Documentary Photographer Jai Thakur is the Edge of Humanity Magazine contributor of this documentary photography. From the project ‘Yamuna: Once proud, now reeling’. To see Jai ’s body of work, click on any image.
Yamuna: The Other Side
This project intends to document the current status of the river Yamuna from the Himalayas until it merges with the Ganges in Uttar Pradesh. So far the status of this river in Delhi, Agra, and Mathura has been covered. Also, this story aims to highlight the importance of river water in human lives during festivals, agricultural processes, last rituals, daily life and its intangible connect. Overall, this body of work showcases the issues and the consequences we as a society will face due to climate change if this sacred river remains ignored. We forget that the water cycle and the life cycle are intertwined hence, it is important to understand and value the coexistence of human life with nature.
Yamuna River, the second largest tributary of the Ganges remains deeply intertwined with the lives of millions of people spread across the states of Uttarakhand, Delhi, and Uttar Pradesh. One of the most prominent rivers to flow through India, Yamuna originates in the Yamunotri Glaciers, far removed from any human settlement at a dizzying height of approximately 6400 meters near Bandarpunch peaks in the lower reaches of the Himalayas in the state of Uttarakhand. Before it merges with the Ganges in Allahabad (Prayagraj), Yamuna travels a massive length of 1376 kilometers. The Yamuna along with the Ganges plays a major part in shaping the supremely fertile Ganges Basin which forms the backbone of agriculture in the northern part of India special in the Doab region. According to an estimate more than 60 million people in India rely on the Yamuna for freshwater daily.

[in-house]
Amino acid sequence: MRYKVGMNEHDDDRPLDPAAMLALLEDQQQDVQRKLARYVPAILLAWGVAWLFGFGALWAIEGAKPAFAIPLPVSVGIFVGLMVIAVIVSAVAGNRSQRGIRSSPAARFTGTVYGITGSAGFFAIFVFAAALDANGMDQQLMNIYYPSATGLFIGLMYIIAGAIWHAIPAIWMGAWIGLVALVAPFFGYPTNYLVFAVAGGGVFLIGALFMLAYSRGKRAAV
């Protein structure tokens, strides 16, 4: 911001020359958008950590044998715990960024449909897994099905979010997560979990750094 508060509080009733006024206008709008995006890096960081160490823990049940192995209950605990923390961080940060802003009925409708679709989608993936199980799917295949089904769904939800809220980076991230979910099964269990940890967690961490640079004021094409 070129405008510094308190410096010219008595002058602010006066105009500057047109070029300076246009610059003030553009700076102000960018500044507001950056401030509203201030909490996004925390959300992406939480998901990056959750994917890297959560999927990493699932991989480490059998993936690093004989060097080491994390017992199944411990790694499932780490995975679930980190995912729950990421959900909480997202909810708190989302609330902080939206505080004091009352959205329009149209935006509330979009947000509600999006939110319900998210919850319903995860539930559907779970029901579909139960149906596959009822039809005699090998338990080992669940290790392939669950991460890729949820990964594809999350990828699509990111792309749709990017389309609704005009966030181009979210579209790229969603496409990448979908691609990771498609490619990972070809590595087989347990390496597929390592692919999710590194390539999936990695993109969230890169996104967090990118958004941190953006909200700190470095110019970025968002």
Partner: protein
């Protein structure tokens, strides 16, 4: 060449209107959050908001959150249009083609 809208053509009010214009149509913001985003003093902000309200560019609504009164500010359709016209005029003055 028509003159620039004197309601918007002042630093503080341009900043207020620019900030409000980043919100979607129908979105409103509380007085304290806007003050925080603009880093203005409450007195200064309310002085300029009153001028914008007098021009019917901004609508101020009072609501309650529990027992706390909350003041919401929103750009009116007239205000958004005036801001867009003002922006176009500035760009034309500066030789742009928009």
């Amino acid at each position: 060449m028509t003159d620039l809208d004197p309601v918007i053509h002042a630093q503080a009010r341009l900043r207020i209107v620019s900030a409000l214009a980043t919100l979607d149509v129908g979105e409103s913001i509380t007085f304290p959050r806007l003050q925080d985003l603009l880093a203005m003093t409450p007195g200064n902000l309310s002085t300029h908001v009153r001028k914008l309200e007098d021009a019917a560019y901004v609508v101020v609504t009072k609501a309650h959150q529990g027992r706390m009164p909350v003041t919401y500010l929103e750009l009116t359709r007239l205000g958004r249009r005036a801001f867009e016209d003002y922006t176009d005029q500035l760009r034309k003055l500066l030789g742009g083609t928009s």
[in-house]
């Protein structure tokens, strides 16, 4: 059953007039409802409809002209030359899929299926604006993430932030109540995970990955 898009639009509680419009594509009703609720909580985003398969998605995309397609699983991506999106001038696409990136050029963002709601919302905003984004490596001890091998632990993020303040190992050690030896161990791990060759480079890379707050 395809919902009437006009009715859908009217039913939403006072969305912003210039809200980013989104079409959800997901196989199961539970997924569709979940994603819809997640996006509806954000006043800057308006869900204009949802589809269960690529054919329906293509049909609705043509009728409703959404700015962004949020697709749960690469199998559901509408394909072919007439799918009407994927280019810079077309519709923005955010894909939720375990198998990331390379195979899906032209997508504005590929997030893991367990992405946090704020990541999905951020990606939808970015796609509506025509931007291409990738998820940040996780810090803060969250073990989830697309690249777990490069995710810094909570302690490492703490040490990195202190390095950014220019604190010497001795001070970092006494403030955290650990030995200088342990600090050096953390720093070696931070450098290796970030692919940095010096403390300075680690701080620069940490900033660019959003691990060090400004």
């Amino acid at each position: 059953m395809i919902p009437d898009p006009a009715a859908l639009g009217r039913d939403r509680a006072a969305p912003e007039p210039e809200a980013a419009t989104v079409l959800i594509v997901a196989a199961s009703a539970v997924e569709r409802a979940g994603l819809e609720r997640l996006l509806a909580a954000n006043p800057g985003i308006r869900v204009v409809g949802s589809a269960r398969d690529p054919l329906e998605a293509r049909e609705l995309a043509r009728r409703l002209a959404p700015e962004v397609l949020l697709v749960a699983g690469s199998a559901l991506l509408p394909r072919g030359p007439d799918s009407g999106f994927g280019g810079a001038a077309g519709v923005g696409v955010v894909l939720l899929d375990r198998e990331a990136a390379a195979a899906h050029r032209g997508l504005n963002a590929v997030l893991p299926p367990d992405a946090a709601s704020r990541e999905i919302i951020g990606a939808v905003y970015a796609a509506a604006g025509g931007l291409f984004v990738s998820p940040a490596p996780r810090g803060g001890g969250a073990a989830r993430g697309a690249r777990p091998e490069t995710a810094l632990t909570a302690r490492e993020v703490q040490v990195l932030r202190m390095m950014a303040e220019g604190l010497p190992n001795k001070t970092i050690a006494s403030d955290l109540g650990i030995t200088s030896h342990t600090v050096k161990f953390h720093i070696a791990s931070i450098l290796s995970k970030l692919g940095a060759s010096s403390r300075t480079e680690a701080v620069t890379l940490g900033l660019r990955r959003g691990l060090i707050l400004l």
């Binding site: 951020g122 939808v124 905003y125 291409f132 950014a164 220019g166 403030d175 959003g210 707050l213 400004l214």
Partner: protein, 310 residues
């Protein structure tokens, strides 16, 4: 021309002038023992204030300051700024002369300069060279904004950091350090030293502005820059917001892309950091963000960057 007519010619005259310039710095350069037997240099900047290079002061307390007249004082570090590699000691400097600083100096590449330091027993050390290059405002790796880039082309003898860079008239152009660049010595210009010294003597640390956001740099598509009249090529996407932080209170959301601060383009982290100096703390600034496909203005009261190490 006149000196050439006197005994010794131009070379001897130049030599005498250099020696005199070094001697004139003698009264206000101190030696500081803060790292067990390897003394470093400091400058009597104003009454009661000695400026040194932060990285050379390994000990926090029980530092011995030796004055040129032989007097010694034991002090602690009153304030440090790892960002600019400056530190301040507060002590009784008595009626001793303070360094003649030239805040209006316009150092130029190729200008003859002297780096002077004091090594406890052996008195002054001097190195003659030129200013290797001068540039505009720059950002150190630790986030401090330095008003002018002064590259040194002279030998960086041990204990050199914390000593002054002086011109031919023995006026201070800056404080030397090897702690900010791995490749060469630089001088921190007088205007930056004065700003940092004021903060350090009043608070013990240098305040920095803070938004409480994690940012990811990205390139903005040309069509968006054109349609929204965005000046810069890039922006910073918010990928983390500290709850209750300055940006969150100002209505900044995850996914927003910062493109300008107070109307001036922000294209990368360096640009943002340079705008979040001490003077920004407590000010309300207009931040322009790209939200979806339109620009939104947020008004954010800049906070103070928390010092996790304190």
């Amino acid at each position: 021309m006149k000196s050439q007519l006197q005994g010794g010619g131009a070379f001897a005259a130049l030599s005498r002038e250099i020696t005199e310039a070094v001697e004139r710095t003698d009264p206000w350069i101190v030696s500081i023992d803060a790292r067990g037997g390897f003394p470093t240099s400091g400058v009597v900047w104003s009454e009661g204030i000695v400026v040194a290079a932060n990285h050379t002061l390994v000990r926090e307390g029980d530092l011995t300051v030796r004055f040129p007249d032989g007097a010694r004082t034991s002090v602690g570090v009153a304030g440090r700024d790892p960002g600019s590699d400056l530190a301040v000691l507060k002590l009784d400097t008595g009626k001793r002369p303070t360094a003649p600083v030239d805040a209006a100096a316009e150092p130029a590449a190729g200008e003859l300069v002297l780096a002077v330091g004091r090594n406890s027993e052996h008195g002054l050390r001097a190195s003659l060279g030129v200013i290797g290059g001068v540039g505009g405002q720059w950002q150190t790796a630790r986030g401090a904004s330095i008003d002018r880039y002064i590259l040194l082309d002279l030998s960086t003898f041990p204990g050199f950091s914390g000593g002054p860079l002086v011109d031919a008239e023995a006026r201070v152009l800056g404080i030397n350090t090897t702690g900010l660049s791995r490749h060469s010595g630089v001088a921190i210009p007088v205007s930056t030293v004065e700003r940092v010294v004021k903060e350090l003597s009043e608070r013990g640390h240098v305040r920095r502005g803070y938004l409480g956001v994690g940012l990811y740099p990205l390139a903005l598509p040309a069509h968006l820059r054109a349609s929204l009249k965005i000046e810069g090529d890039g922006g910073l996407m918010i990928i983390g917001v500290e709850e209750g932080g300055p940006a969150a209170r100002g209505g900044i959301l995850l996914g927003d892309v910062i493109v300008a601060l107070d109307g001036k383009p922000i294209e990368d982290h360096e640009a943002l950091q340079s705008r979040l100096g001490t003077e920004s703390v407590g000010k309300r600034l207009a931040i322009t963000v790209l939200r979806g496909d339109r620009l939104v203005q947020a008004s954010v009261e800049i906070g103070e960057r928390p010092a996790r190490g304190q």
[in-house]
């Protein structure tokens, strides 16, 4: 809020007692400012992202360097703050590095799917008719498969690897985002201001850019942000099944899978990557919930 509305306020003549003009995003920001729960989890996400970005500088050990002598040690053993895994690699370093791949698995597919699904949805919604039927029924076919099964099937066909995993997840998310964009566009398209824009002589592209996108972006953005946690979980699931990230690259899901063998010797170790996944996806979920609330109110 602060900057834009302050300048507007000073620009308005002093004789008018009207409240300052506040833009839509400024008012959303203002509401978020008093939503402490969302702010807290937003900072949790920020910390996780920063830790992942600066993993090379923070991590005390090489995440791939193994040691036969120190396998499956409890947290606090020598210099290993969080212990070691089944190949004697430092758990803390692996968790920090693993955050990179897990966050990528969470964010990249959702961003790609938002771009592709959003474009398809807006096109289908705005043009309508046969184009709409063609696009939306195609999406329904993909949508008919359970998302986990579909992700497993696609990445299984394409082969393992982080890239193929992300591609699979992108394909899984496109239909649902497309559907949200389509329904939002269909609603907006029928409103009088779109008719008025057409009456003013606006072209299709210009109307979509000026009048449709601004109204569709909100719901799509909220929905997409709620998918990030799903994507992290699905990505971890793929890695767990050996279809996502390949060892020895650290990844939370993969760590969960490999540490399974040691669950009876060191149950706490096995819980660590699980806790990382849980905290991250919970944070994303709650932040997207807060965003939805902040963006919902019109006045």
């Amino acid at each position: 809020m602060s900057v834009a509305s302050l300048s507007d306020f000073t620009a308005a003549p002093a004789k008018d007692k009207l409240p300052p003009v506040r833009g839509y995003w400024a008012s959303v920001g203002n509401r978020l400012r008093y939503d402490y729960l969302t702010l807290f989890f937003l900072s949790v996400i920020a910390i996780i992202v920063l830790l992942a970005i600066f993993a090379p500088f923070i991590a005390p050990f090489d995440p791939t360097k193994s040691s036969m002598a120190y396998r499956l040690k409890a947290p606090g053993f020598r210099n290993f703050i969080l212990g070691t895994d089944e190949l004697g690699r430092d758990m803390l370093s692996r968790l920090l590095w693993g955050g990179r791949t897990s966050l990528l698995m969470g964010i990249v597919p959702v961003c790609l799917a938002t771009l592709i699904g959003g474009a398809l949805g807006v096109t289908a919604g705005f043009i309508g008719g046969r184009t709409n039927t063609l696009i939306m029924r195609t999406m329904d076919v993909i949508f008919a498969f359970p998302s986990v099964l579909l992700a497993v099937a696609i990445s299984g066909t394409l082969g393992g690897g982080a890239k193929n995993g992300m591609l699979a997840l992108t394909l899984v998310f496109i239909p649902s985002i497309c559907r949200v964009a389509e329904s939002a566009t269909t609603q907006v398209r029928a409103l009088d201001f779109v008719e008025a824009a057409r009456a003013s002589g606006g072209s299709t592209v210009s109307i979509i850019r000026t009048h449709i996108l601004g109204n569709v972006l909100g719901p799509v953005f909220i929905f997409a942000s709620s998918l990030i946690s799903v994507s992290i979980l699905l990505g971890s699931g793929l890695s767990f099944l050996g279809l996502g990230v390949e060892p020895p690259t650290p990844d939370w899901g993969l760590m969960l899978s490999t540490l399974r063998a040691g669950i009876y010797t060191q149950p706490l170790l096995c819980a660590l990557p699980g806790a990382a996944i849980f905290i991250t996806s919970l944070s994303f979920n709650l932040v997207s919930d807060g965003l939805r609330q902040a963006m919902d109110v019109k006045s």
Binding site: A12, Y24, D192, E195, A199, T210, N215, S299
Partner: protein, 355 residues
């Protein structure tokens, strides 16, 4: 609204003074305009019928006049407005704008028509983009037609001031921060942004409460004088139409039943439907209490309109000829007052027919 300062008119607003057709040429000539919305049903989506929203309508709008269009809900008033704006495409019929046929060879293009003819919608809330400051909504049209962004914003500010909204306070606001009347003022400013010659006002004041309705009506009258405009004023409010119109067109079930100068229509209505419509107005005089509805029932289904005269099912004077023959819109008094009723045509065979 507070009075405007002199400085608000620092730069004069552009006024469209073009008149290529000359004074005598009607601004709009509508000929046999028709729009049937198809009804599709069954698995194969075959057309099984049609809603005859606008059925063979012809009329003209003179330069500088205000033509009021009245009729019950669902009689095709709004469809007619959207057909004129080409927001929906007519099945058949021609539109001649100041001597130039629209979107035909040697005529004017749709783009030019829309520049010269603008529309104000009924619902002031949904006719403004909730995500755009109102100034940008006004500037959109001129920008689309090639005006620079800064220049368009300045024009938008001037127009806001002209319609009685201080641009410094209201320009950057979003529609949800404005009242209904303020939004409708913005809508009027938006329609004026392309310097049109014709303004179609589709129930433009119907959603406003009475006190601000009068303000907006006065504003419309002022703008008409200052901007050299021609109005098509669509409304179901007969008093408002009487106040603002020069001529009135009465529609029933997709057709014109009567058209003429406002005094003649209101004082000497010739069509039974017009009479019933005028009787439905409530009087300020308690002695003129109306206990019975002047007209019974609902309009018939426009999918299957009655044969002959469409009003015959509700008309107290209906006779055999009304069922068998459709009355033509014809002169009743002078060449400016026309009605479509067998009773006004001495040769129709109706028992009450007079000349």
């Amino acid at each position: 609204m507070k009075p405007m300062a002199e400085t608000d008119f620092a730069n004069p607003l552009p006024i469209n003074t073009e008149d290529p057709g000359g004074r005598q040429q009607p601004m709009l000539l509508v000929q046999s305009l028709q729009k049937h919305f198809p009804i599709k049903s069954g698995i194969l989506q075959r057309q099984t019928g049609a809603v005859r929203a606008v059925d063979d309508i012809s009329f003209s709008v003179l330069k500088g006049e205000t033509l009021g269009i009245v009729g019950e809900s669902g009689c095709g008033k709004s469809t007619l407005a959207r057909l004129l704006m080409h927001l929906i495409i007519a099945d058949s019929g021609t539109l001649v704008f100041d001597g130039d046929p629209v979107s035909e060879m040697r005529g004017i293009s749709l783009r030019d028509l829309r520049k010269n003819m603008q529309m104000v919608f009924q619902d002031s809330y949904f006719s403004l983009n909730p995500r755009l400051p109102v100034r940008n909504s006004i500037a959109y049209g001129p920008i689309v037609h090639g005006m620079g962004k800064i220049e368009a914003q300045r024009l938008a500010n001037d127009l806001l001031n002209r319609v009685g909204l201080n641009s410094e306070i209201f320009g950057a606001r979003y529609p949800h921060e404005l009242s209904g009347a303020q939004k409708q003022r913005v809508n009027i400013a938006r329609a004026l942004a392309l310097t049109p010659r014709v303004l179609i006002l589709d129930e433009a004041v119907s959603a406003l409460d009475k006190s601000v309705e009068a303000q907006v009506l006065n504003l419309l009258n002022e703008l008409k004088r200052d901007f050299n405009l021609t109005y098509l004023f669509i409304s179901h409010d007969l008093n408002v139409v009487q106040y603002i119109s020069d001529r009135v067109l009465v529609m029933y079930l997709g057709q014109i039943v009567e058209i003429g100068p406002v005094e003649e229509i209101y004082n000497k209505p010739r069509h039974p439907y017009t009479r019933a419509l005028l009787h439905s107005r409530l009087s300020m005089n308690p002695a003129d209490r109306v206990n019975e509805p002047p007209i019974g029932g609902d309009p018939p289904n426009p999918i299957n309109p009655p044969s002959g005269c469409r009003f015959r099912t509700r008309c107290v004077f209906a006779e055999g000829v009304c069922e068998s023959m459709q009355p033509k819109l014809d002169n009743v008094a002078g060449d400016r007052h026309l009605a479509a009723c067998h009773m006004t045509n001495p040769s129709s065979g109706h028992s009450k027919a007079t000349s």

Due to COVID-19 nationwide Lockdown when industrial activity halted the Yamuna River cleaned itself, allowing numerous flora and fauna to flock to its waters. One can now see fisherman’s net on green and bluish clearer Yamuna waters. A finding by the Delhi Pollution Control Committee shows that in Delhi, compared to the pre-lockdown days, the river is now cleaner by around 33%.
In a crucial fate, water plays the most essential component of life. However, rivers today, reeling under the intense pressure of fulfilling our increasing demands and Yamuna is no exception. The heavy usage of pesticides for better yields of agricultural products eventually mixes with river water makes it toxic in nature. Besides industry waste and sewage discharge adds to the toxicity. This is pretty much evident as it passes through the towns and cities such as Uttar Pradesh and Delhi. One looks at the river and it becomes evident that the health of the river today is fast deteriorating.
All images and text © Jai Thakur
By Jai Thakur
Jai ’s Previous Contribution To Edge Of Humanity Magazine
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